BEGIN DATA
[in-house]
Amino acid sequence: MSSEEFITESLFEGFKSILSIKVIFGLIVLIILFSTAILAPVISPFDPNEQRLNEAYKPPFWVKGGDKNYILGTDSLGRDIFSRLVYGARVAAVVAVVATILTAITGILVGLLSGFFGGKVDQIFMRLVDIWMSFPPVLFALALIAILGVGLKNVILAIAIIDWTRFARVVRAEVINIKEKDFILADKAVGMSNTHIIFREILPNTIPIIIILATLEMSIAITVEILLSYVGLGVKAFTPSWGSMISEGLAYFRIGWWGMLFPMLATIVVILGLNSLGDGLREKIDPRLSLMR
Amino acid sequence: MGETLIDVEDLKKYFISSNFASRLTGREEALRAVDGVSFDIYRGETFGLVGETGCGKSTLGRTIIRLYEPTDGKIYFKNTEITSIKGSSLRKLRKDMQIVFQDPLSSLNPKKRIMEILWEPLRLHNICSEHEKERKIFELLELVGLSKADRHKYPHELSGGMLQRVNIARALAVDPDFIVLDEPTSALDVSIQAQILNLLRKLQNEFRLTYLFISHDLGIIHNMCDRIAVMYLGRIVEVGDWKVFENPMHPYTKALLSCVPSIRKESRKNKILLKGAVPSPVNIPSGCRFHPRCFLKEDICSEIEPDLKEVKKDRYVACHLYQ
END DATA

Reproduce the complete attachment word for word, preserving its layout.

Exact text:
[in-house]
Amino acid sequence: MSSEEFITESLFEGFKSILSIKVIFGLIVLIILFSTAILAPVISPFDPNEQRLNEAYKPPFWVKGGDKNYILGTDSLGRDIFSRLVYGARVAAVVAVVATILTAITGILVGLLSGFFGGKVDQIFMRLVDIWMSFPPVLFALALIAILGVGLKNVILAIAIIDWTRFARVVRAEVINIKEKDFILADKAVGMSNTHIIFREILPNTIPIIIILATLEMSIAITVEILLSYVGLGVKAFTPSWGSMISEGLAYFRIGWWGMLFPMLATIVVILGLNSLGDGLREKIDPRLSLMR
Amino acid sequence: MGETLIDVEDLKKYFISSNFASRLTGREEALRAVDGVSFDIYRGETFGLVGETGCGKSTLGRTIIRLYEPTDGKIYFKNTEITSIKGSSLRKLRKDMQIVFQDPLSSLNPKKRIMEILWEPLRLHNICSEHEKERKIFELLELVGLSKADRHKYPHELSGGMLQRVNIARALAVDPDFIVLDEPTSALDVSIQAQILNLLRKLQNEFRLTYLFISHDLGIIHNMCDRIAVMYLGRIVEVGDWKVFENPMHPYTKALLSCVPSIRKESRKNKILLKGAVPSPVNIPSGCRFHPRCFLKEDICSEIEPDLKEVKKDRYVACHLYQ